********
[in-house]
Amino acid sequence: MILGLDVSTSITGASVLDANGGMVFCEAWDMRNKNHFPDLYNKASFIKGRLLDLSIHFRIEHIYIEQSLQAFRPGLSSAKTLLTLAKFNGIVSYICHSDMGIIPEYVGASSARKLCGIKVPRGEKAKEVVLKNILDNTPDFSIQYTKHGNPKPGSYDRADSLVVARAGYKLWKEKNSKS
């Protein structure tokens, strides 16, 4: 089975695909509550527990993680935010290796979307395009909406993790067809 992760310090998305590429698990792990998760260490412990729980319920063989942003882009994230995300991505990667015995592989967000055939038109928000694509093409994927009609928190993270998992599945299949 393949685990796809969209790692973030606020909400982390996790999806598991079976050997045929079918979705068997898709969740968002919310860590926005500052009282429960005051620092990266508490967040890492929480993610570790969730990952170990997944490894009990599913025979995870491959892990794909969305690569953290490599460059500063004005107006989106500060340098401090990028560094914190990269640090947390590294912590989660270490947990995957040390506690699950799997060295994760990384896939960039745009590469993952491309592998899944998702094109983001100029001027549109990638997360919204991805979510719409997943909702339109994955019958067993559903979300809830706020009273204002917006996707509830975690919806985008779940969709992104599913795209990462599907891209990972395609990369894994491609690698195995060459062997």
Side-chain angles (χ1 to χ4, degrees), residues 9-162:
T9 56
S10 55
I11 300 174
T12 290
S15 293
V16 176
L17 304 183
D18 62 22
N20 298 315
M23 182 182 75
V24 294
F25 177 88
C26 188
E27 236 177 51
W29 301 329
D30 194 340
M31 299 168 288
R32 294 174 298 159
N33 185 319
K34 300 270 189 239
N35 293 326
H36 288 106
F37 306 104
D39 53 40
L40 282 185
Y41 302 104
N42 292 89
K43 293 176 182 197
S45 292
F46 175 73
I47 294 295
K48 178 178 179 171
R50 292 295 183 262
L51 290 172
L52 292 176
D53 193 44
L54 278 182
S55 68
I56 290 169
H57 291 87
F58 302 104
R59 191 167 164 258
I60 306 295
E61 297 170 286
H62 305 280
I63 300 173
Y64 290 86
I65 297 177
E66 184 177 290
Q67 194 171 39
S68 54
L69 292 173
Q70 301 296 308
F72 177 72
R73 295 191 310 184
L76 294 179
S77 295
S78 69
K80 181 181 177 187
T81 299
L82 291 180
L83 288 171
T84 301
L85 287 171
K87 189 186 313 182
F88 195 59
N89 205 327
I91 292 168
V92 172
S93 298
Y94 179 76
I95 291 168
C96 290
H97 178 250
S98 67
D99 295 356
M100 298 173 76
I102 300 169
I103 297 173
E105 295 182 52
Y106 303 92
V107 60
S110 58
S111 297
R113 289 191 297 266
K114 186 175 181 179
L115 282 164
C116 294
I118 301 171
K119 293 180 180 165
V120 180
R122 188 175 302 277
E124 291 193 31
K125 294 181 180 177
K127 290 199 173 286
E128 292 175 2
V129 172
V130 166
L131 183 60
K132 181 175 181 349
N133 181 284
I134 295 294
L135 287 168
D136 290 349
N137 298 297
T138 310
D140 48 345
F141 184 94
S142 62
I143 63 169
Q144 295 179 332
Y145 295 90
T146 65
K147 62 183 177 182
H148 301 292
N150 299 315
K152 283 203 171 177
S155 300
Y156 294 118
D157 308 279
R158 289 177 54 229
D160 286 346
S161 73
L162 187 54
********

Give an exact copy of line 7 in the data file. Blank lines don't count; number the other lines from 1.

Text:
I11 300 174